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2018-19 IEFV Funded Projects

The Initiative to End Family Violence (IEFV) is pleased to support multiple grants utilizing innovative interdisciplinary approaches that target family violence. The 2018-19 funded projects are included below.

Interdisciplinary Research and Collaborative-Building Grants

  • Funding Period: January 1, 2018 – January 1, 2019

Narratives of Resistance: Combating Intergenerational Violence, the Stigma of Criminalization, and the Prison Industrial Complex

  • Gabriela Cázares, Postdoctoral Scholar, University of California Humanities Research Institute
  • David Goldberg, Professor, Department of Comparative Literature and Anthropology; Director, University of California Humanities Research Institute; Director, Digital Media and Learning

Southern California is the capital of incarceration. We imprison and detain more people than any other territory or country on earth at a cost of almost one billion dollars annually. The colloquium at the University of California Humanities Research Institute deploys resistance-based research and community programs as a methodology for foregrounding transgenerational family trauma. Violent behavior from generation to generation is intimately tied to the stigma of criminalization: fueled by racial and class-based profiling, it has devastating effects on families well beyond the physical walls of prisons and detention centers. Building on the pivotal work of UC Irvine’s Initiative to End Family Violence, this project reinforces the move away from silos — like treating child abuse as separate from adult domestic abuse — to address the systemic issues of the prison industrial complex. The colloquium builds on creating synergies across multiple campuses and disciplines and brings community organizations into the conversation by addressing questions such as: How does dispelling the myth linked to the stigma of criminalization counter intergenerational trauma among families and communities? How does the insurgent knowledge produced by narratives of resistance disrupt the power structures responsible for perpetuating cycles of family violence?

Intimate Partner Violence and Depressive Symptoms among Pregnant Women in a Homeless Shelter: The Mediating Role of Stress

  • Yasmin Kofman, Graduate Student, Department of Psychology & Social Behavior
  • Lisa A. Wood, Chief Executive Officer, Casa Teresa
  • Ilona Yim, Associate Professor, Department of Health Psychology

Prevalence rates of intimate partner violence (IPV) during pregnancy in minority, low-income, predominantly single women are particularly single women are particularly elevated, with rates as high as 50%. This is an urgent public health issue, as IPV during pregnancy can put survivors and their offspring at high risk for negative health consequences. Depression is the most common mental health consequence of IPV, an especially concerning issue considering depressive symptoms in pregnancy have been linked to adverse maternal and child outcomes. While the mechanisms underlying the link between IPV and depressive symptoms remain poorly understood, dysregulation of the body’s stress-responsive systems is a likely causal pathway. The purpose of this study is to describe relationships between IPV, stress physiology, and depressive symptoms in a severely marginalized population: pregnant IPV survivors residing in a homeless shelter. This study will be the first to directly test the effects of IPV on depressive symptoms during pregnancy through a psychophysiological stress pathway, which may be key in determining survivors who are most at-risk. Additionally, this study will help provide community partners with a deeper, contextual understanding of their target population, serve to enhance existing shelter services, and lay the ground work for future interventions that improve regulation to stress-responsive systems.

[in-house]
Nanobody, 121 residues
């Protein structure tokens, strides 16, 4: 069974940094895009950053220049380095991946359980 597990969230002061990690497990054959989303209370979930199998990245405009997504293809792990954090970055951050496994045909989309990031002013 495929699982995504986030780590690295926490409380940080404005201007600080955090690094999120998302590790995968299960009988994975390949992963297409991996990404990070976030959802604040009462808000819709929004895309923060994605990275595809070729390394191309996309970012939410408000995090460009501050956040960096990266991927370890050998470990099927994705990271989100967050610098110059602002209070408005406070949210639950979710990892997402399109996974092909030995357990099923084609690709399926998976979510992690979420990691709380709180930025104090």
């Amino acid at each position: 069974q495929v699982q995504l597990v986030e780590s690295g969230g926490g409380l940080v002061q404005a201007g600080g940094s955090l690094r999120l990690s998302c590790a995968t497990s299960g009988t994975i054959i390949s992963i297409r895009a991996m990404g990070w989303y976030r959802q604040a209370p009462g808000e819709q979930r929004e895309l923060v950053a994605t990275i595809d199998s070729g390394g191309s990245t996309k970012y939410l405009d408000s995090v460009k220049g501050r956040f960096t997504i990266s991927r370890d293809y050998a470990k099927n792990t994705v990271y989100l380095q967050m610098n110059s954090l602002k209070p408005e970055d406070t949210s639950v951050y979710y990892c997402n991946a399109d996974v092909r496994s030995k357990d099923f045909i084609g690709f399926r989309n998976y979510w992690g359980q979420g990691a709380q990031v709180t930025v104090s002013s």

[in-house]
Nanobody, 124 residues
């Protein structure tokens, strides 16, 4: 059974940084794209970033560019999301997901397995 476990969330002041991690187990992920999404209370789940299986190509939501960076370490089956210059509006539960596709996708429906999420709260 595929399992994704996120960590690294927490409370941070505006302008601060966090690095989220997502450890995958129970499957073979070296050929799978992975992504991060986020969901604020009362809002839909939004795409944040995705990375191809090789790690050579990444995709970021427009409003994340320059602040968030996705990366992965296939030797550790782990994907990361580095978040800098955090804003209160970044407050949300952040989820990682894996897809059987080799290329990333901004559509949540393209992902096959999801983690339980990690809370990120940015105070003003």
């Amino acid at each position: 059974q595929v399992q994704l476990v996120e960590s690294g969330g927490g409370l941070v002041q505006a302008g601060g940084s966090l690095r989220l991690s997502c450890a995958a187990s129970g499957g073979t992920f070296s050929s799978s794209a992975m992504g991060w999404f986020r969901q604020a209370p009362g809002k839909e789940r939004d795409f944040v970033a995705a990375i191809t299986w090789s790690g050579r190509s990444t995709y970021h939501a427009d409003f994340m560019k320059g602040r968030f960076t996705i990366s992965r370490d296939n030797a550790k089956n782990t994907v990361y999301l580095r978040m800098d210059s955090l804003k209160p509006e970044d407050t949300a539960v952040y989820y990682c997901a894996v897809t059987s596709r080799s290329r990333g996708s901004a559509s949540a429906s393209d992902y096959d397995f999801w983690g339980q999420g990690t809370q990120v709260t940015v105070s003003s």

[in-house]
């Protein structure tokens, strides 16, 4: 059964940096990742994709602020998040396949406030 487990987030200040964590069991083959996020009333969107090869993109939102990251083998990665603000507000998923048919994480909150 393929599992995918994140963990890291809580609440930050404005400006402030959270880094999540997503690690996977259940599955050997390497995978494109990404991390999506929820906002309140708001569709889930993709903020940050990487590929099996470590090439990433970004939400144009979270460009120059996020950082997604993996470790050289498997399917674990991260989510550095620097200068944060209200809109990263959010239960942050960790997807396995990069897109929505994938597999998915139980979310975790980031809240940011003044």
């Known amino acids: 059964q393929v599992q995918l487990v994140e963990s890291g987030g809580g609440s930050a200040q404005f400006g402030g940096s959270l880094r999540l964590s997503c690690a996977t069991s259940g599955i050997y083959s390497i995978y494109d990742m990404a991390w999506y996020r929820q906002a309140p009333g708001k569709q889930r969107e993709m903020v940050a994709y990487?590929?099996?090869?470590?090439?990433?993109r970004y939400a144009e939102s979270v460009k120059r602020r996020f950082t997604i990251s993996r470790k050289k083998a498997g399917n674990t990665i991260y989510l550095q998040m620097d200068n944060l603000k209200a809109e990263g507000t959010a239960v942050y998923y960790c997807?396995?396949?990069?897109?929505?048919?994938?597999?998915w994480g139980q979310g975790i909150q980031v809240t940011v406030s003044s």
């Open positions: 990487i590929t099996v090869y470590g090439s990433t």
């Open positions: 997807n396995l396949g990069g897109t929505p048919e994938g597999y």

Predicting Lethal Intimate Partner Violence: A Comparison of Lethal and Nonlethal IPV in California and Connecticut

  • Candace Burton, Assistant Professor, Department of Nursing Science, UC Irvine
  • Kirk Williams, Professor, Department of Criminology, Law & Society, UC Irvine
  • Amy Magnus, Graduate Student, Department of Criminology, Law and Society, UC Irvine
  • Kasey Ragan, Graduate Student, Department of Criminology, Law and Society, UC Irvine

Intimate partner and other forms of family violence occur throughout the world and across socioeconomic class, race, ethnicity, and other demographic categories. However, more research is needed that compares nonlethal intimate partner violence (IPV) incidents with lethal incidents to predict when IPV results in death. This project compares data on lethal IPV incidents from the Orange County Death Review Team between 2006 and 2017 to over 7,000 nonlethal incidents. These lethal and nonlethal comparisons are only suggestive estimates, but provide an important and productive starting point in determining the risk factors that differentiate lethal IPV from nonlethal IPV. This research project makes three key contributions to scholarship and community-based responses pertaining to IPV: 1) It will contribute to existing literature by illustrating what factors are associated with IPV resulting in death, 2) It will aid ground-level community work that aims to implement meaningful and early IPV interventions, and 3) It can potentially help courts and community service providers prevent IPV-related deaths in the future.


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